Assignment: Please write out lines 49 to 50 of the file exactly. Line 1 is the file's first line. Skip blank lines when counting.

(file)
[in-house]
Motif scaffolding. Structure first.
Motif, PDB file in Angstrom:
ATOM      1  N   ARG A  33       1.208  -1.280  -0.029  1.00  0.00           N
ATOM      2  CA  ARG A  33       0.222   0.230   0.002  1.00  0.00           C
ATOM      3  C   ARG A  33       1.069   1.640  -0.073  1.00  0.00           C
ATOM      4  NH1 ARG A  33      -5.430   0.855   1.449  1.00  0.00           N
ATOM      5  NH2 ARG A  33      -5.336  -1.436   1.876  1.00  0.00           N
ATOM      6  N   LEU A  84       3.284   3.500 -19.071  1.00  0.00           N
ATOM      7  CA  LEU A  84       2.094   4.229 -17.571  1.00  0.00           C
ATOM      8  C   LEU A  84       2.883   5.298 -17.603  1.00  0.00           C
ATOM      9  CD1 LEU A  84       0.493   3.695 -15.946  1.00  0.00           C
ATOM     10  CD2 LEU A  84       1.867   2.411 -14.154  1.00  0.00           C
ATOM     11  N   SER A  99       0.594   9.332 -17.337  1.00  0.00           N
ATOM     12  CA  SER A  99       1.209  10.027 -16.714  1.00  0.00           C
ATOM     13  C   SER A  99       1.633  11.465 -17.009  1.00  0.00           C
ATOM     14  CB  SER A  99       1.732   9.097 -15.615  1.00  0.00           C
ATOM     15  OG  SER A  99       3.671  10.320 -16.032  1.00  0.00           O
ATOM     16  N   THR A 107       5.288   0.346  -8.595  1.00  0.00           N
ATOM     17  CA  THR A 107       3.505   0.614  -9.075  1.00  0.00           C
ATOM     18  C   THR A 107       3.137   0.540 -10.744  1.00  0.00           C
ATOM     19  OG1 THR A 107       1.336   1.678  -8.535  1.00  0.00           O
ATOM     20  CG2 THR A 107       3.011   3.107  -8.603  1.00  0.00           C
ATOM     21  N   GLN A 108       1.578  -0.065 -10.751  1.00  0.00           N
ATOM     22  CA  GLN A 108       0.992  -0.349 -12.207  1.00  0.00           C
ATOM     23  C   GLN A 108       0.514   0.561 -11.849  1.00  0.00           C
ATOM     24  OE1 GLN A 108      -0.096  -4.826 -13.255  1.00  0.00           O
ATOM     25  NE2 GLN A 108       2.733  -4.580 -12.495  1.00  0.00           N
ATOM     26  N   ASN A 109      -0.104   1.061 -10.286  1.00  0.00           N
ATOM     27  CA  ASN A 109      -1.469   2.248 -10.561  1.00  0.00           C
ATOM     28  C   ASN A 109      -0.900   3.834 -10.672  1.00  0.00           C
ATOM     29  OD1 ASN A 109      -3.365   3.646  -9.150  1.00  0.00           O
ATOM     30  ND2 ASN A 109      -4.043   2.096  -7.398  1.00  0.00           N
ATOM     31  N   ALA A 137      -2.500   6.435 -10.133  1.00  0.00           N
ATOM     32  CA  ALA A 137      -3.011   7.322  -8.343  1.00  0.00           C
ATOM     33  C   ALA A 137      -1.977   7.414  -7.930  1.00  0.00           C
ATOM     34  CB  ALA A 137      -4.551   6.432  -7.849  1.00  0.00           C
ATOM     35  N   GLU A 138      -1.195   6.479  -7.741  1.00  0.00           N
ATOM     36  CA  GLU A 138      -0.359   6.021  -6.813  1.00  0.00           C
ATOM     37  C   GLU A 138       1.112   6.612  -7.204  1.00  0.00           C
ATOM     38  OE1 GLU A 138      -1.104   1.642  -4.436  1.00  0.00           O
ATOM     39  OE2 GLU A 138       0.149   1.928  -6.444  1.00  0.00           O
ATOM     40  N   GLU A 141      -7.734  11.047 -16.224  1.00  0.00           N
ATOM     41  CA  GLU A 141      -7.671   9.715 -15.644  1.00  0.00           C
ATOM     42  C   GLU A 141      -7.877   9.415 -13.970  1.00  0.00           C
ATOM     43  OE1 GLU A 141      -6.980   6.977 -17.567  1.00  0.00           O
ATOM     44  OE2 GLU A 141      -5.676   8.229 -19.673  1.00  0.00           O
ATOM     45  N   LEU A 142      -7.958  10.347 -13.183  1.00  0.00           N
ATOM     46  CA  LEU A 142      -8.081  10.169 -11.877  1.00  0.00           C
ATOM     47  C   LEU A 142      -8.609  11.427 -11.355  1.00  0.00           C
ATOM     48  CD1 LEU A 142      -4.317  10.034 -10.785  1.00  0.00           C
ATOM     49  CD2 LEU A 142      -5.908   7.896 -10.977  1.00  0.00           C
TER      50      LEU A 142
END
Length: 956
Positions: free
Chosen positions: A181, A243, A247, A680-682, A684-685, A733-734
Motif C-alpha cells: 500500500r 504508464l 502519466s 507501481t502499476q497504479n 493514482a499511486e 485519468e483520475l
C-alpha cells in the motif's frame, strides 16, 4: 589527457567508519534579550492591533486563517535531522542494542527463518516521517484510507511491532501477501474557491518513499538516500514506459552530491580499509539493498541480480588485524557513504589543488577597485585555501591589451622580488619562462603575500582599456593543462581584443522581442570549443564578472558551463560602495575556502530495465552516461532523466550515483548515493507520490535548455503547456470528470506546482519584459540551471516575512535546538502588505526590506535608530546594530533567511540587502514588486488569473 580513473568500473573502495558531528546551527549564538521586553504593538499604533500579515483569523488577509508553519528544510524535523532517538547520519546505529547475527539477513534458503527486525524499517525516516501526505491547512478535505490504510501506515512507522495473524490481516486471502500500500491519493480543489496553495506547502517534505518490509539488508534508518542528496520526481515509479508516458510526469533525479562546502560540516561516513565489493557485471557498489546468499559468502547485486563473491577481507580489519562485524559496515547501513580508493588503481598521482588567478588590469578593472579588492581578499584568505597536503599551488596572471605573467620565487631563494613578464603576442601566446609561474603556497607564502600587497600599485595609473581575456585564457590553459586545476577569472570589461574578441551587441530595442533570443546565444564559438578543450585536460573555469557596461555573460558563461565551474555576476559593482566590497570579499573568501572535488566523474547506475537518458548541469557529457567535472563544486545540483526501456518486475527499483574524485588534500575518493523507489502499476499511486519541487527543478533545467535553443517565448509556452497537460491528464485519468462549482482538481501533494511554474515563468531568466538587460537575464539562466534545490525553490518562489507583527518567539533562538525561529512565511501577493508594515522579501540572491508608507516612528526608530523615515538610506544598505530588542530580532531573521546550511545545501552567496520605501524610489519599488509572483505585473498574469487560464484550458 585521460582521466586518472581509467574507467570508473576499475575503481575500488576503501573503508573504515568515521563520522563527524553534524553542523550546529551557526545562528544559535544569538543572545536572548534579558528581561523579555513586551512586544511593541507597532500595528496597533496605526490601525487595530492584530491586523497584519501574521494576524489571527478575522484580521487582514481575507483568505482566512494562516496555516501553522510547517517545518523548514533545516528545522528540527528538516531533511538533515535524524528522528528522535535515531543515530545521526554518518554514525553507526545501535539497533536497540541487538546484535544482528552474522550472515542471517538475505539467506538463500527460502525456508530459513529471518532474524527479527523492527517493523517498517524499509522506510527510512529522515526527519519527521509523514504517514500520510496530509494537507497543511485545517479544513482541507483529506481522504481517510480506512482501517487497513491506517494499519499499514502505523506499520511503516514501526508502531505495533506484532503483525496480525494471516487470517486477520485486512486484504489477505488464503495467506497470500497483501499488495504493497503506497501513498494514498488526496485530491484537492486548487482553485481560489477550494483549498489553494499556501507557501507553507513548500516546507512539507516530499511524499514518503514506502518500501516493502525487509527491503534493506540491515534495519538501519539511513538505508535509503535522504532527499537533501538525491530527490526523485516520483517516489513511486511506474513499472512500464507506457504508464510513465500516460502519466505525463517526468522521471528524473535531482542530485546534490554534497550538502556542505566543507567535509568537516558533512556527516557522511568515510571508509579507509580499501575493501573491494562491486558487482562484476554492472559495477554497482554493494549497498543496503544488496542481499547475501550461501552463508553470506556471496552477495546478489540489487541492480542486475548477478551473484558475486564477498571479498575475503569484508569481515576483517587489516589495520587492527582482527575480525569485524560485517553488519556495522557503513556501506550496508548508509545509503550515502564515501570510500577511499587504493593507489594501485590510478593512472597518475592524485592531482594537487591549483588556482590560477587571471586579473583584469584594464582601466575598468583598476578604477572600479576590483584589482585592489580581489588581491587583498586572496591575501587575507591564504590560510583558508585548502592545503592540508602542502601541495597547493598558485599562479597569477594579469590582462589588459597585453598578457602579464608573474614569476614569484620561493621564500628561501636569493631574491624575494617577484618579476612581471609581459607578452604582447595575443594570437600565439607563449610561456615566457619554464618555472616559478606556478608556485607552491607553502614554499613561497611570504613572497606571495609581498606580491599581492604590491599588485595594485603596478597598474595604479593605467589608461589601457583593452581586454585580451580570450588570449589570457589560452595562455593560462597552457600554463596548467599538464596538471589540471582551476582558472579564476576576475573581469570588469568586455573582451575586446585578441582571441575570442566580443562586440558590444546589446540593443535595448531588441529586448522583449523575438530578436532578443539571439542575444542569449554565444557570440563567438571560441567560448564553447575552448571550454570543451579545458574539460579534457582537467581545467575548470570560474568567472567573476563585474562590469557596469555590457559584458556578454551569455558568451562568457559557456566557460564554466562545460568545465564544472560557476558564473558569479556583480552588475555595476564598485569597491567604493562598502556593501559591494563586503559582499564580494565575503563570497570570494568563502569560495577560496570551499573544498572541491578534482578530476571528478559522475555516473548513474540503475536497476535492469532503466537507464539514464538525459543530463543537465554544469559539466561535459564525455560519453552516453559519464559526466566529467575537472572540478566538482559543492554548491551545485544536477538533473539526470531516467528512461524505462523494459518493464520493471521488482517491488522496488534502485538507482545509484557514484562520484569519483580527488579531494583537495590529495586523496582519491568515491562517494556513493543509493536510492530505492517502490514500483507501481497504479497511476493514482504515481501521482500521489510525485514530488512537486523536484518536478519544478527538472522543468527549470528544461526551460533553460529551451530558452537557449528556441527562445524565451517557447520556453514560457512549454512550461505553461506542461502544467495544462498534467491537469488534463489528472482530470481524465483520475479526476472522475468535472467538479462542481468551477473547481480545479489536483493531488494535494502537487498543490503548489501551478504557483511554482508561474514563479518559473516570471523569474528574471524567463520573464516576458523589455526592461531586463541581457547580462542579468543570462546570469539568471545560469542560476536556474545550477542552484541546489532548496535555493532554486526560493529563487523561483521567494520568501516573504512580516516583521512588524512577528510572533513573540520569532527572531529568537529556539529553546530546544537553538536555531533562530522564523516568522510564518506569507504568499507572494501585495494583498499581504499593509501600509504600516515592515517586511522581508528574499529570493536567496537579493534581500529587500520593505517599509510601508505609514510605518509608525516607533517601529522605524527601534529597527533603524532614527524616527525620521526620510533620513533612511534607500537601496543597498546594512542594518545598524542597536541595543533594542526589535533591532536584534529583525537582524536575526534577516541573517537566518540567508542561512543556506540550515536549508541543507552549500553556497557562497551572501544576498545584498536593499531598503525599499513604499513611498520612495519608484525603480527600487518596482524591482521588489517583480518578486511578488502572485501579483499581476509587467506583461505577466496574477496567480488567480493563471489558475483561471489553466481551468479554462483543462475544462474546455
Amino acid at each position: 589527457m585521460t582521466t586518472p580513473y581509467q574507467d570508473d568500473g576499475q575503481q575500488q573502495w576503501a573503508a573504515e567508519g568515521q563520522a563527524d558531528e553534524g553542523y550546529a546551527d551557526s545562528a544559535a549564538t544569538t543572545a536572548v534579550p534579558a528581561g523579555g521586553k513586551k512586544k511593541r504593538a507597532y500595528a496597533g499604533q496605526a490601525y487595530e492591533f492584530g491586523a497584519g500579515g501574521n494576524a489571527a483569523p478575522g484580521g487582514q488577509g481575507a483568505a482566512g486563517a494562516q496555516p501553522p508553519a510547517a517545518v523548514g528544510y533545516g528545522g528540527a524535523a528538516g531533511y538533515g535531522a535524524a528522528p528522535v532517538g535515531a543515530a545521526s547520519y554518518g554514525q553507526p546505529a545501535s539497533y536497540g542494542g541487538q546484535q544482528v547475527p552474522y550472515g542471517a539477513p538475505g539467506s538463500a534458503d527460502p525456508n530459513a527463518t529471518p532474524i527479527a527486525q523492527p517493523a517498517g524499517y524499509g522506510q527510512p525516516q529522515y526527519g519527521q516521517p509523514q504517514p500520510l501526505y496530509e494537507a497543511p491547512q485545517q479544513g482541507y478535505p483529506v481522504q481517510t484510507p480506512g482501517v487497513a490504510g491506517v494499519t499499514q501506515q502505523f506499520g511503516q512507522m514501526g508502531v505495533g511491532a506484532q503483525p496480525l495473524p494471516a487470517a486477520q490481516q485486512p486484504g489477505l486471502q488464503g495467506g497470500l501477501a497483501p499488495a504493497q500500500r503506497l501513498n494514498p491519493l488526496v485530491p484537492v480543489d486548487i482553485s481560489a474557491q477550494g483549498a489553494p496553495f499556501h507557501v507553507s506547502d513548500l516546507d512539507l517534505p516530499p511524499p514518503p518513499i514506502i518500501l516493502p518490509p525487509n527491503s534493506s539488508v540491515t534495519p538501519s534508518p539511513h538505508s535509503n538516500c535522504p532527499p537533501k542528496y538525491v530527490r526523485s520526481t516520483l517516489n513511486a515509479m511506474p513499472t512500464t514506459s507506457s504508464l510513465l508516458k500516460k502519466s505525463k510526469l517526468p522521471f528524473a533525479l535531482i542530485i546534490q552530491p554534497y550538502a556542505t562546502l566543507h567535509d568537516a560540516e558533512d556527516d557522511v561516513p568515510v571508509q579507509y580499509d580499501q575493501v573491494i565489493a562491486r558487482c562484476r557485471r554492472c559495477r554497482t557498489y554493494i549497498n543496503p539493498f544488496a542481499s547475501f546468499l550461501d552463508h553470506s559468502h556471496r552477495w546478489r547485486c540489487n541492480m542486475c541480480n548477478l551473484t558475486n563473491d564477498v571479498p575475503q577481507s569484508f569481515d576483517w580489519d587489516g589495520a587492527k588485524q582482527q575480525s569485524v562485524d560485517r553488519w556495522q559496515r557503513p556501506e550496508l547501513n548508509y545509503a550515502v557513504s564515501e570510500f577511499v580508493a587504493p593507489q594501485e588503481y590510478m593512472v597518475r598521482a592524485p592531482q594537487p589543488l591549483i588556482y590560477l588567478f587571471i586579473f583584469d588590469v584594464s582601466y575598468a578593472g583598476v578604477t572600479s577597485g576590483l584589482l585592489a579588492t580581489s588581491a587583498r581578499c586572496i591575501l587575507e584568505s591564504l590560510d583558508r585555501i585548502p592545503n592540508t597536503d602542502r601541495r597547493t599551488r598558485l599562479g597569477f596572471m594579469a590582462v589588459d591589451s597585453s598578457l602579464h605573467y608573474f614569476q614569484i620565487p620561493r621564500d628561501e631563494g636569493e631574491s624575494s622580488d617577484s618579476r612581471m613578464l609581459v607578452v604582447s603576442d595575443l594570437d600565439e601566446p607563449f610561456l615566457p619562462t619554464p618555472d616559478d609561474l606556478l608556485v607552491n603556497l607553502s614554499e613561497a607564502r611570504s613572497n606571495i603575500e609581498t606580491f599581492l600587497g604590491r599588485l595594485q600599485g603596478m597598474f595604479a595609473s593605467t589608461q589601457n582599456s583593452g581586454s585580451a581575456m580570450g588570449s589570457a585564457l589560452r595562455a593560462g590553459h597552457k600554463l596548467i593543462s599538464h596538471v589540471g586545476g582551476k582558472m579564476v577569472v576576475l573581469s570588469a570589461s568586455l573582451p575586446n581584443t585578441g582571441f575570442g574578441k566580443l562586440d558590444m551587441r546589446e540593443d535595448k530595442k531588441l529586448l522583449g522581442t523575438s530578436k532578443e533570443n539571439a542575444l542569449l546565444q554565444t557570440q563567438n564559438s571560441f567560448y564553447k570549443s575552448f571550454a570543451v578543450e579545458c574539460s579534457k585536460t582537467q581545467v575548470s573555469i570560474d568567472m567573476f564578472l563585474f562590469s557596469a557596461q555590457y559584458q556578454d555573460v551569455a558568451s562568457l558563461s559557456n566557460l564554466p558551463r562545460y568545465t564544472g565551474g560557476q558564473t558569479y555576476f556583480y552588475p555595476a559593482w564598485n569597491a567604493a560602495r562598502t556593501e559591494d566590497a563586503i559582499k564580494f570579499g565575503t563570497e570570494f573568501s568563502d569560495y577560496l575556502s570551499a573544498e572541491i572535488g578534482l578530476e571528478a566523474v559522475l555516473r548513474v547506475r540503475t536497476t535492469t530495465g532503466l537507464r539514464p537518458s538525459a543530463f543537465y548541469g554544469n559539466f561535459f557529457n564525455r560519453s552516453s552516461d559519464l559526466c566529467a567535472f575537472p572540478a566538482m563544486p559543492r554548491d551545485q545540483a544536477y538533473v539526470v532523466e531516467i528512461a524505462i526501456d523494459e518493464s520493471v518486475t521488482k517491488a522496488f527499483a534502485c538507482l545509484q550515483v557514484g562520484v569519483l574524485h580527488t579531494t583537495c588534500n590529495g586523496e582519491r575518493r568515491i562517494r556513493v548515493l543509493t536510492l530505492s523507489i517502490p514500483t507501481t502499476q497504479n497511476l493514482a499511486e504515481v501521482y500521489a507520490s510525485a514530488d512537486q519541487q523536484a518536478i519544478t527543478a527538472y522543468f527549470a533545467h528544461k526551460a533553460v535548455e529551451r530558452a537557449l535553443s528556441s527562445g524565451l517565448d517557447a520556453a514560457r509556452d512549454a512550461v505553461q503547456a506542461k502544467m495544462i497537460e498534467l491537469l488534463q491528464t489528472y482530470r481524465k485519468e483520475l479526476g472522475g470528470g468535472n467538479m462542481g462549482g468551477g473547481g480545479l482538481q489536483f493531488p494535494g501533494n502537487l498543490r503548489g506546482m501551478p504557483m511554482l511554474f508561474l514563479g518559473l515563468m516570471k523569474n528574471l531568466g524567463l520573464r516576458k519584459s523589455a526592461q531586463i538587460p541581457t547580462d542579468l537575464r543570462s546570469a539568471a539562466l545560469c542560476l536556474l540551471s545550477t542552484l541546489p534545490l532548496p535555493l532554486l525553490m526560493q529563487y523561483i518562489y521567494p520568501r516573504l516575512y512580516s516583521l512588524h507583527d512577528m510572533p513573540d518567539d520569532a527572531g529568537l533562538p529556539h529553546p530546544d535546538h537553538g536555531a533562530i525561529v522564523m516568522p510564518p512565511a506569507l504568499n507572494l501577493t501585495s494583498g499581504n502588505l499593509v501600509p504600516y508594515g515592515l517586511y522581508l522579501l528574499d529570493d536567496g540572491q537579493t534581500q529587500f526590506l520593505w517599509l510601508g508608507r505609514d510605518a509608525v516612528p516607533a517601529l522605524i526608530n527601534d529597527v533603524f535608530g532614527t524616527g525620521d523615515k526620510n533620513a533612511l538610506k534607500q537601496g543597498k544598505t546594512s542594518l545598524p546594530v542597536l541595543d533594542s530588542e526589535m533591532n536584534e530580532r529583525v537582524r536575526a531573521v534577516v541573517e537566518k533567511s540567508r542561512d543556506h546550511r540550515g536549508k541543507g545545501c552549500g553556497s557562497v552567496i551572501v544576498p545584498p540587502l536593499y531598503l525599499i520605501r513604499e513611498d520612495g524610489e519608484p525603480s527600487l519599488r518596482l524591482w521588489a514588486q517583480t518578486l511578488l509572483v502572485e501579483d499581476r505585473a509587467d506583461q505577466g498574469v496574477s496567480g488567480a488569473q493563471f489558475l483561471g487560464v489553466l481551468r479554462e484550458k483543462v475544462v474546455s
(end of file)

ATOM     46  CA  LEU A 142      -8.081  10.169 -11.877  1.00  0.00           C
ATOM     47  C   LEU A 142      -8.609  11.427 -11.355  1.00  0.00           C